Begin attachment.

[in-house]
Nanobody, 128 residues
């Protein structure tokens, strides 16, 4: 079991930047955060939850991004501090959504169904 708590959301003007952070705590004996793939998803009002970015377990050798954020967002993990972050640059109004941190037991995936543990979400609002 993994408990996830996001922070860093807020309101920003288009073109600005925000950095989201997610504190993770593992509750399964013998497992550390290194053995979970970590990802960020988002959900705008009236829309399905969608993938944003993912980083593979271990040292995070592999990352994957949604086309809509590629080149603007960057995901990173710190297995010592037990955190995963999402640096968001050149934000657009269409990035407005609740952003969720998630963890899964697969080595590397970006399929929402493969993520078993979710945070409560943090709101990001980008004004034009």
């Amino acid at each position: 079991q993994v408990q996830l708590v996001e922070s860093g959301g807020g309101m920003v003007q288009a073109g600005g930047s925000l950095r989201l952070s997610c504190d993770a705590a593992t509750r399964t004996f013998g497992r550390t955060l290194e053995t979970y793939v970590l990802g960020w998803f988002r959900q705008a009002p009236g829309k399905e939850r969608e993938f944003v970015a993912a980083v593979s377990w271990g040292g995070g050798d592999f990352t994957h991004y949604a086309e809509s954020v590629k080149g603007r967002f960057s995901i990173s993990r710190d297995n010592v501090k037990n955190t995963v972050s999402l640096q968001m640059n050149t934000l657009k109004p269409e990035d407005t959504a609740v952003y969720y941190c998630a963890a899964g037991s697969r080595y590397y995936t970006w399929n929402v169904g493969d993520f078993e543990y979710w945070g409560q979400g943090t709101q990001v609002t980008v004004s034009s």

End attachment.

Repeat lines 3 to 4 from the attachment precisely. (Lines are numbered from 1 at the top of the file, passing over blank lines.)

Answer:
């Protein structure tokens, strides 16, 4: 079991930047955060939850991004501090959504169904 708590959301003007952070705590004996793939998803009002970015377990050798954020967002993990972050640059109004941190037991995936543990979400609002 993994408990996830996001922070860093807020309101920003288009073109600005925000950095989201997610504190993770593992509750399964013998497992550390290194053995979970970590990802960020988002959900705008009236829309399905969608993938944003993912980083593979271990040292995070592999990352994957949604086309809509590629080149603007960057995901990173710190297995010592037990955190995963999402640096968001050149934000657009269409990035407005609740952003969720998630963890899964697969080595590397970006399929929402493969993520078993979710945070409560943090709101990001980008004004034009």
């Amino acid at each position: 079991q993994v408990q996830l708590v996001e922070s860093g959301g807020g309101m920003v003007q288009a073109g600005g930047s925000l950095r989201l952070s997610c504190d993770a705590a593992t509750r399964t004996f013998g497992r550390t955060l290194e053995t979970y793939v970590l990802g960020w998803f988002r959900q705008a009002p009236g829309k399905e939850r969608e993938f944003v970015a993912a980083v593979s377990w271990g040292g995070g050798d592999f990352t994957h991004y949604a086309e809509s954020v590629k080149g603007r967002f960057s995901i990173s993990r710190d297995n010592v501090k037990n955190t995963v972050s999402l640096q968001m640059n050149t934000l657009k109004p269409e990035d407005t959504a609740v952003y969720y941190c998630a963890a899964g037991s697969r080595y590397y995936t970006w399929n929402v169904g493969d993520f078993e543990y979710w945070g409560q979400g943090t709101q990001v609002t980008v004004s034009s």